After 25 years, ’101’ opens its doors to the public again

CSE’s former home takes part in Bristol Green Doors weekend

28 February 2012

Just around the corner from the CSE office is a modest Victorian terrace house with an interesting heritage.

101 Philip Street, Bedminster is now owned and managed by the Somewhere Housing Co-op, but in the early 1980s it became the first old domestic dwelling in the UK to be given a thorough and systematic low-energy make-over.

Known at the Future City Home, it was an initiative of the Urban Centre for Appropriate Technology (as CSE was once called) and designed to showcase energy efficiency in action. It opened its doors to the public in 1981, and stayed open until the early 1990s.

But for one day in March 101 Philip Street will welcome visitors once again as it joins 40 other Bristol homes in the second Bristol Green Doors open weekend on 17-18 March 2012.

Bristol Green Doors is an open-house celebration of homes that have been made 'fit for the future' through the retrofitting or installation of low-carbon technologies and similar improvements.

101 Philip Street will only open be on Sunday 18th, but is well worth a look.

Visitors will be able to see a range of low-energy features that includes cavity wall insulation, biomass heating, floor insulation, high quality glazing and ventilation, low-energy lighting, solar thermal and PV, solid wall insulation, water management, use of recycled, re-used, natural or sustainably sourced materials, wet underfloor heating and passive solar gain.

One of the current residents of '101' is climate change and energy researcher, Trevor Houghton, who used to work for the Future City Home so knows the house well.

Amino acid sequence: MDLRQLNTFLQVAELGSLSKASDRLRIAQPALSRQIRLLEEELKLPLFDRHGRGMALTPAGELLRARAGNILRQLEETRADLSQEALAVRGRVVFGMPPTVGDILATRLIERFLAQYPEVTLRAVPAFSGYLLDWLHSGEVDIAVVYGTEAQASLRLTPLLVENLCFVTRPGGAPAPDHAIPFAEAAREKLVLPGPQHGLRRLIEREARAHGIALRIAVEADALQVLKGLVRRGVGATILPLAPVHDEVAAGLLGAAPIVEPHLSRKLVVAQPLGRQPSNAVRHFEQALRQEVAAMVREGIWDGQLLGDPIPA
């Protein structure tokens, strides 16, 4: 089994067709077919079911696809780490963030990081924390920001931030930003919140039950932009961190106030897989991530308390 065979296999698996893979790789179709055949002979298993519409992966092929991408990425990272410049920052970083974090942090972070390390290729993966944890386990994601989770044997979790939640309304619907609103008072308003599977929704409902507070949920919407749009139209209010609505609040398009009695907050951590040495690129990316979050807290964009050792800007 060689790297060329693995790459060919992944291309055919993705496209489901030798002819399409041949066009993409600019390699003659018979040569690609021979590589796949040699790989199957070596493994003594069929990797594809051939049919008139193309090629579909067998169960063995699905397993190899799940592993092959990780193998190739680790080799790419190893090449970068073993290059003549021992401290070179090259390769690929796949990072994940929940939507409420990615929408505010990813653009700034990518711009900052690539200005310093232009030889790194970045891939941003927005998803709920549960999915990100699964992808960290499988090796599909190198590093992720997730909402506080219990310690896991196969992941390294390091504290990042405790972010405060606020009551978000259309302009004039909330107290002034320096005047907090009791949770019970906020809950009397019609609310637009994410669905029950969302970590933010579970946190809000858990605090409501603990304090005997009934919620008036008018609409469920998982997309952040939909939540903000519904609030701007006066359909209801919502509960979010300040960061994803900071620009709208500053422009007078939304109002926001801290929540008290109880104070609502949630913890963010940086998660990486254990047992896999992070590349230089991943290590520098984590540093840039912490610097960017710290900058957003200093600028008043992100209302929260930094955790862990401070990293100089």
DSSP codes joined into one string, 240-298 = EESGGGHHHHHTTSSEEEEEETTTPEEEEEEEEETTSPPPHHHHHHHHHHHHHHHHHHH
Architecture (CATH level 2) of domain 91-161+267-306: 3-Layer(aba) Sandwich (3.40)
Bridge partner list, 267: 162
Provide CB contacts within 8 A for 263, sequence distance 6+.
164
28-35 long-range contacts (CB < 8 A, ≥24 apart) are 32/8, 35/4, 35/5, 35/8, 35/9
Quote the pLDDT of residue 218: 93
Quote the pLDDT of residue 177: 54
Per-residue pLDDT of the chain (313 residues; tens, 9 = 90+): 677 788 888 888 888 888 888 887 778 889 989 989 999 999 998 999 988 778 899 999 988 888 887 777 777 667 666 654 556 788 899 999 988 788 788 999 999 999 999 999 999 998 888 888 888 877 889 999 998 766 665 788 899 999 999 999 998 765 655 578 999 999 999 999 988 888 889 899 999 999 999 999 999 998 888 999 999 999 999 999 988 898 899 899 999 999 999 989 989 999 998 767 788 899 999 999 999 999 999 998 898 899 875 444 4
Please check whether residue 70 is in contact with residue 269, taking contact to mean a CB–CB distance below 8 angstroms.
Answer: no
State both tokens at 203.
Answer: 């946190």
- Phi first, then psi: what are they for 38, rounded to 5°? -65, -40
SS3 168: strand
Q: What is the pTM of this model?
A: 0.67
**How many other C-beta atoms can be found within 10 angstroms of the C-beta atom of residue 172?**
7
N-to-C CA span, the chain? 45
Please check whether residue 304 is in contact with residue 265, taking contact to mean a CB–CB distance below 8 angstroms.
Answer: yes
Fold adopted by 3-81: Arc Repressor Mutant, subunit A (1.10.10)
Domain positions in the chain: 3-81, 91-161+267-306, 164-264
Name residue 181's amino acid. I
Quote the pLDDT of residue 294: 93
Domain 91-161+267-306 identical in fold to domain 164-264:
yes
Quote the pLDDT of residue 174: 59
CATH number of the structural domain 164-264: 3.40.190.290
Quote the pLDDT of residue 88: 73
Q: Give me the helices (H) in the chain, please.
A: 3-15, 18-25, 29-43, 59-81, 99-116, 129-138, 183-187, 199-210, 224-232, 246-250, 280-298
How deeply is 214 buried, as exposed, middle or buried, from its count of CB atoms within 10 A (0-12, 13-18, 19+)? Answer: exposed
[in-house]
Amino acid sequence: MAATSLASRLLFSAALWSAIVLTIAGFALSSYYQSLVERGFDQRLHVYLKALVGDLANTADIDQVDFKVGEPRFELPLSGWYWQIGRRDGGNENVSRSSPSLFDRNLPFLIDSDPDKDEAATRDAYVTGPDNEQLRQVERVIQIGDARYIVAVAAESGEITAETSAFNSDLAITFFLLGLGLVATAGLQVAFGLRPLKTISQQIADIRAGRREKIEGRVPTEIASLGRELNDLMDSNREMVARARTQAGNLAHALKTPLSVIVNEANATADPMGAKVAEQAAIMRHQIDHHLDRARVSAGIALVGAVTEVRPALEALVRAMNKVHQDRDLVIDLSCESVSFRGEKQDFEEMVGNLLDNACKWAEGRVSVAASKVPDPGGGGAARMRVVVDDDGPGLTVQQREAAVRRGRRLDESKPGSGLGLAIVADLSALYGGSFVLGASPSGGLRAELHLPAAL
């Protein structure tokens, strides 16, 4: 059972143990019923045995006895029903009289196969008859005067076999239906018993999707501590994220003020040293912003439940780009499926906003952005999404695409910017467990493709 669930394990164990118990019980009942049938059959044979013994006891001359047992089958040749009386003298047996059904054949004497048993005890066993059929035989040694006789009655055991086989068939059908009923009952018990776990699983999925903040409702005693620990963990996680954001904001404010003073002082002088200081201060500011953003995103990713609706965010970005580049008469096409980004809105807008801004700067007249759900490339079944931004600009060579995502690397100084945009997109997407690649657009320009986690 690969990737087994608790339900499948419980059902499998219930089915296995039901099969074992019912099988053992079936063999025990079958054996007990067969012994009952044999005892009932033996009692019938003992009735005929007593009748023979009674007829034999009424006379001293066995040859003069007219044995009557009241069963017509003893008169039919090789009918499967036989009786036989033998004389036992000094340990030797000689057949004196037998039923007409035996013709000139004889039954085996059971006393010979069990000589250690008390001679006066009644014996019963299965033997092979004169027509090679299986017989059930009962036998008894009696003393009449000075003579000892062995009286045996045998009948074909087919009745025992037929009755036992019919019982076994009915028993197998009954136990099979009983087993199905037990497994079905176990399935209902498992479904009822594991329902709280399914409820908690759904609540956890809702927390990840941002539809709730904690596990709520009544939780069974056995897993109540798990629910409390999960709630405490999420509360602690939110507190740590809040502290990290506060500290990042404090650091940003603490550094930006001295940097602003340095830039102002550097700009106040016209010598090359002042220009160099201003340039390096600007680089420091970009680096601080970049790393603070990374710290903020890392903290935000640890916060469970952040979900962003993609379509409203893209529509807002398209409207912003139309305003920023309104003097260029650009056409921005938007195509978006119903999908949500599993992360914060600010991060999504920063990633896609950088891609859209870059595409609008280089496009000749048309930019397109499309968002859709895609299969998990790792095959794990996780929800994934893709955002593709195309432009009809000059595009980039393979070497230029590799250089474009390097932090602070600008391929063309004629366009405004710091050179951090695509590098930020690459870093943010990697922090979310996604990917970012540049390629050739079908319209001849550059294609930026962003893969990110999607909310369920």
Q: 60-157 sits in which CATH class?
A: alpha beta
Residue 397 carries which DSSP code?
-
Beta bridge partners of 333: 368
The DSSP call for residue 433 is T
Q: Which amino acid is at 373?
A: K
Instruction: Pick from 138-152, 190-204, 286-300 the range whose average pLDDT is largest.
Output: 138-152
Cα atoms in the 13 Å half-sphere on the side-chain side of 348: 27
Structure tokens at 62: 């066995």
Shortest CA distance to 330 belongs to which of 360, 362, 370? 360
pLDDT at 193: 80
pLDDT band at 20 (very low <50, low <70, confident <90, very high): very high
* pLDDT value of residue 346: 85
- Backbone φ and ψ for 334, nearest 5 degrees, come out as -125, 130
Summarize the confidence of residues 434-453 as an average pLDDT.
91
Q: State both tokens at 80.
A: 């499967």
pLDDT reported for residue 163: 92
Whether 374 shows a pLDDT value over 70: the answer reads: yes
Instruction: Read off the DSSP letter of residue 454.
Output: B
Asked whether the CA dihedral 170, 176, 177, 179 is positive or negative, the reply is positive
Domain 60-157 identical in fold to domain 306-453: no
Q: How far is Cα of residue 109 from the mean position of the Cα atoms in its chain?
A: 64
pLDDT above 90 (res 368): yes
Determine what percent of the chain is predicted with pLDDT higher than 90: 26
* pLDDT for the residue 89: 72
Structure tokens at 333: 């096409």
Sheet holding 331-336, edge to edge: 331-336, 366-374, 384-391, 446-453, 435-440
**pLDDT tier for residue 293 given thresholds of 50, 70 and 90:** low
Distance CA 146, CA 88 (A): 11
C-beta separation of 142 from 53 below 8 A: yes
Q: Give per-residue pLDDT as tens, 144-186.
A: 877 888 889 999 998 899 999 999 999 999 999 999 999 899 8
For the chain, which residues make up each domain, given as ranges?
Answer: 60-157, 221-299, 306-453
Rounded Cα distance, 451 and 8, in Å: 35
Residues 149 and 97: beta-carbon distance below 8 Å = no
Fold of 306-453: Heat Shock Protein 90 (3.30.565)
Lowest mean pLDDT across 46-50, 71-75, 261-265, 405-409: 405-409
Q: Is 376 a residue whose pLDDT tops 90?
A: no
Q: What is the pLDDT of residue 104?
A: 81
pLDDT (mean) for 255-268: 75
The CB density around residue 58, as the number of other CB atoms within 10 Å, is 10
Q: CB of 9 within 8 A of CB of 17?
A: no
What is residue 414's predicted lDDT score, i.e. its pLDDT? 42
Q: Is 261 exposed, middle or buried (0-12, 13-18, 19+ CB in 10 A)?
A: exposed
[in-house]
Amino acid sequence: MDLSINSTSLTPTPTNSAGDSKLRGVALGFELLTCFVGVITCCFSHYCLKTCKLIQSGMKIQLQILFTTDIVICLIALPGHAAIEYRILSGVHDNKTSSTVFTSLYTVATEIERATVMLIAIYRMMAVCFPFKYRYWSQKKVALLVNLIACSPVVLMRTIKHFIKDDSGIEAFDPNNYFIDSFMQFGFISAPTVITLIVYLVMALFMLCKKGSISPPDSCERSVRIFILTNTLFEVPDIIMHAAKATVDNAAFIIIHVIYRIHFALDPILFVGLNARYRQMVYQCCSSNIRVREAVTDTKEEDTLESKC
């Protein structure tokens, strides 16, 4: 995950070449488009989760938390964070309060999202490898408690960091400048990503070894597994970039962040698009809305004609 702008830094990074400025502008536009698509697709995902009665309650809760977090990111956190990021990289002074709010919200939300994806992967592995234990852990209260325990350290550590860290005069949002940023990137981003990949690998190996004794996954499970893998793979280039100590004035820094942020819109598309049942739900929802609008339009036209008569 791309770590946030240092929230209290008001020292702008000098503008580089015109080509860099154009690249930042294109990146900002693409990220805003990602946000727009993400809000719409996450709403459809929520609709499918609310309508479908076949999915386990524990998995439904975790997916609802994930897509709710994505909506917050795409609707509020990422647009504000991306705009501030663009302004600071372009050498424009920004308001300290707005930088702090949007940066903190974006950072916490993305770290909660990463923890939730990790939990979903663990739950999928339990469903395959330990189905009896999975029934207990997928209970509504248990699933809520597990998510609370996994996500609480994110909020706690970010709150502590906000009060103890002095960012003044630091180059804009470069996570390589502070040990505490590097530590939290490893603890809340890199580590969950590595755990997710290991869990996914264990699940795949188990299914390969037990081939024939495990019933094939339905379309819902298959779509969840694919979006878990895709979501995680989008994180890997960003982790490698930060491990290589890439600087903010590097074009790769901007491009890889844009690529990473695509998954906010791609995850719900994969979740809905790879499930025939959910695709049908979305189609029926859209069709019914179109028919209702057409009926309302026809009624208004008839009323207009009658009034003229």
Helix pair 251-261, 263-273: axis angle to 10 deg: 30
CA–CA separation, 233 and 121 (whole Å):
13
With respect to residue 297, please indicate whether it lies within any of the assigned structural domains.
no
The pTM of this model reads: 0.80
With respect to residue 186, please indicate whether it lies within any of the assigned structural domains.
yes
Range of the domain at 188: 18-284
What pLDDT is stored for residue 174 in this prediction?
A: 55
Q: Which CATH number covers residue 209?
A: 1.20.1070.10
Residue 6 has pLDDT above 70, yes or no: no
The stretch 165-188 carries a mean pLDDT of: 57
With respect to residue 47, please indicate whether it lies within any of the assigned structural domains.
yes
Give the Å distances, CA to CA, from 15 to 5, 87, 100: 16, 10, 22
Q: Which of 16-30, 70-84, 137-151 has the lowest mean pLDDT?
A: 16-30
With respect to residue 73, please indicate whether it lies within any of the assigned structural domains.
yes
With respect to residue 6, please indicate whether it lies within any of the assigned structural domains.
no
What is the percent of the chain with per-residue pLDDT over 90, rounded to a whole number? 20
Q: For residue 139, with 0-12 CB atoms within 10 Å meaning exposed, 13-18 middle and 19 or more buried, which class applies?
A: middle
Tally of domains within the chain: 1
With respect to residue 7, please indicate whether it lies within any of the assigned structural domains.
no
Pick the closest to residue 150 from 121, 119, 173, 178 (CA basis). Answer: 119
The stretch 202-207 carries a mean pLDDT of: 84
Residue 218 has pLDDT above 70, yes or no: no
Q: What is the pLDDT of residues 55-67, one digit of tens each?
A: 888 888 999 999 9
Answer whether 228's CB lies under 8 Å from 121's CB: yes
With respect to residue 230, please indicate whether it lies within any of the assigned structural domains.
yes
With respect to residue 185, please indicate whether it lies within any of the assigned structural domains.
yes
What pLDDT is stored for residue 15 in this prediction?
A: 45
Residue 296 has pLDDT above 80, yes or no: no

"My former office became a bedroom and the exhibition space/training room became my living room and kitchen. The Future City Home has proved to be a very comfortable house to live in. For example the underfloor heating was great when I had small children."

And with its many low-energy features and appropriate history, '101' is a terrific addition to Bristol Green Doors.

Other highlights on the Green Doors trail include whole-house retrofits to near Passivhaus standard; city council retrofits; the latest renewable energy technologies in action; zero carbon homes; and solid wall insulation examples.

The first Bristol Green Doors weekend in 2010 saw homes ranging from 18th-century town houses, Victorian terraces, inter-war semis, flats and new-builds open their doors to over 2,600 people.

Dan Weisselberg, who manages the Bristol Green Doors project, said: “These events let the householders speak for themselves – we do not offer advice on retrofitting other than encouraging people to attend our popular events. They are a way of spreading ideas and good practice, and hopefully encouraging others to take action.”

Meanwhile, Trevor and the other housing co-op member who shares '101' are looking forward to expansion of the Co-op to two other houses in the terrace. "This will give us the opportunity to share space and resources with other co-op tenants giving us a more sustainable life style."


Bath Homes Fit for the Future
And if you're in nearby Bath the same weekend (17 & 18 March), why not check out the open homes in that beautiful city.

An Open Homes weekend jointly organised by Transition Bath, Bath Preservation Trust and Bath & North East Somerset Council showcases homes that are warm, green and cheap to run. They range from heritage to new build, and demonstrate a variety of energy efficiency measures - from low cost to high-tech. Meet the people who have already been on this journey ...

There is also a programme of supporting events throughout March and April. See www.bathhomesfitforthefuture.co.uk


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